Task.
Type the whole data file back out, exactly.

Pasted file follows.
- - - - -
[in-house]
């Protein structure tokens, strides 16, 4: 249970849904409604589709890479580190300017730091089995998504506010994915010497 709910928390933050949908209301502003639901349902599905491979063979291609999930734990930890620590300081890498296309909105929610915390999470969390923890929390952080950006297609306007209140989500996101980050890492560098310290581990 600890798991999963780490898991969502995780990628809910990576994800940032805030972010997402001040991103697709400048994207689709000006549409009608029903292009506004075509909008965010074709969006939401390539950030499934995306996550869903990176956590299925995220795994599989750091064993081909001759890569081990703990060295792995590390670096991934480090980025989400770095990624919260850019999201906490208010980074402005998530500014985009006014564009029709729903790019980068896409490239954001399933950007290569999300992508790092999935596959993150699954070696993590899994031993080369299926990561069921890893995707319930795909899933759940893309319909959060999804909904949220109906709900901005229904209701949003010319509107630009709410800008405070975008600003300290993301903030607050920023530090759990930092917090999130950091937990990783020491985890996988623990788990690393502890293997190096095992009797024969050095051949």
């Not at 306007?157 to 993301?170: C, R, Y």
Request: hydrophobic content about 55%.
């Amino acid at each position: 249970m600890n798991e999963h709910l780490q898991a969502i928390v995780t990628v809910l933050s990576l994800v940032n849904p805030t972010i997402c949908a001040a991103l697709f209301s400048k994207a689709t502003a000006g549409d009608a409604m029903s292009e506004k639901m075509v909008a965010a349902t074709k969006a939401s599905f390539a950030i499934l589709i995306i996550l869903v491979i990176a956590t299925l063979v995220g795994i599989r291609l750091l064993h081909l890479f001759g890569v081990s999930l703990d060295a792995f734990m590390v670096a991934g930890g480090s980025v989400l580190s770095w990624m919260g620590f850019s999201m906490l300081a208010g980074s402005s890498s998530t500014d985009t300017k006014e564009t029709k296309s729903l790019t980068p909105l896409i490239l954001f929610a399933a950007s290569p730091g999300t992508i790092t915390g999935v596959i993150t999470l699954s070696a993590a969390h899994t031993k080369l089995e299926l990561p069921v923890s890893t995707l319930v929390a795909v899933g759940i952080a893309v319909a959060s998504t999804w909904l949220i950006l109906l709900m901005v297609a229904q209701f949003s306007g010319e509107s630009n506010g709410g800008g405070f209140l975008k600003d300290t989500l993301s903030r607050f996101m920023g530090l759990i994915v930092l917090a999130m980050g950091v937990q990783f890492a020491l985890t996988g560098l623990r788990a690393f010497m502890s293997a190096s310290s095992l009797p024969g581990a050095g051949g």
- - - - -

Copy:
[in-house]
């Protein structure tokens, strides 16, 4: 249970849904409604589709890479580190300017730091089995998504506010994915010497 709910928390933050949908209301502003639901349902599905491979063979291609999930734990930890620590300081890498296309909105929610915390999470969390923890929390952080950006297609306007209140989500996101980050890492560098310290581990 600890798991999963780490898991969502995780990628809910990576994800940032805030972010997402001040991103697709400048994207689709000006549409009608029903292009506004075509909008965010074709969006939401390539950030499934995306996550869903990176956590299925995220795994599989750091064993081909001759890569081990703990060295792995590390670096991934480090980025989400770095990624919260850019999201906490208010980074402005998530500014985009006014564009029709729903790019980068896409490239954001399933950007290569999300992508790092999935596959993150699954070696993590899994031993080369299926990561069921890893995707319930795909899933759940893309319909959060999804909904949220109906709900901005229904209701949003010319509107630009709410800008405070975008600003300290993301903030607050920023530090759990930092917090999130950091937990990783020491985890996988623990788990690393502890293997190096095992009797024969050095051949």
């Not at 306007?157 to 993301?170: C, R, Y």
Request: hydrophobic content about 55%.
């Amino acid at each position: 249970m600890n798991e999963h709910l780490q898991a969502i928390v995780t990628v809910l933050s990576l994800v940032n849904p805030t972010i997402c949908a001040a991103l697709f209301s400048k994207a689709t502003a000006g549409d009608a409604m029903s292009e506004k639901m075509v909008a965010a349902t074709k969006a939401s599905f390539a950030i499934l589709i995306i996550l869903v491979i990176a956590t299925l063979v995220g795994i599989r291609l750091l064993h081909l890479f001759g890569v081990s999930l703990d060295a792995f734990m590390v670096a991934g930890g480090s980025v989400l580190s770095w990624m919260g620590f850019s999201m906490l300081a208010g980074s402005s890498s998530t500014d985009t300017k006014e564009t029709k296309s729903l790019t980068p909105l896409i490239l954001f929610a399933a950007s290569p730091g999300t992508i790092t915390g999935v596959i993150t999470l699954s070696a993590a969390h899994t031993k080369l089995e299926l990561p069921v923890s890893t995707l319930v929390a795909v899933g759940i952080a893309v319909a959060s998504t999804w909904l949220i950006l109906l709900m901005v297609a229904q209701f949003s306007g010319e509107s630009n506010g709410g800008g405070f209140l975008k600003d300290t989500l993301s903030r607050f996101m920023g530090l759990i994915v930092l917090a999130m980050g950091v937990q990783f890492a020491l985890t996988g560098l623990r788990a690393f010497m502890s293997a190096s310290s095992l009797p024969g581990a050095g051949g």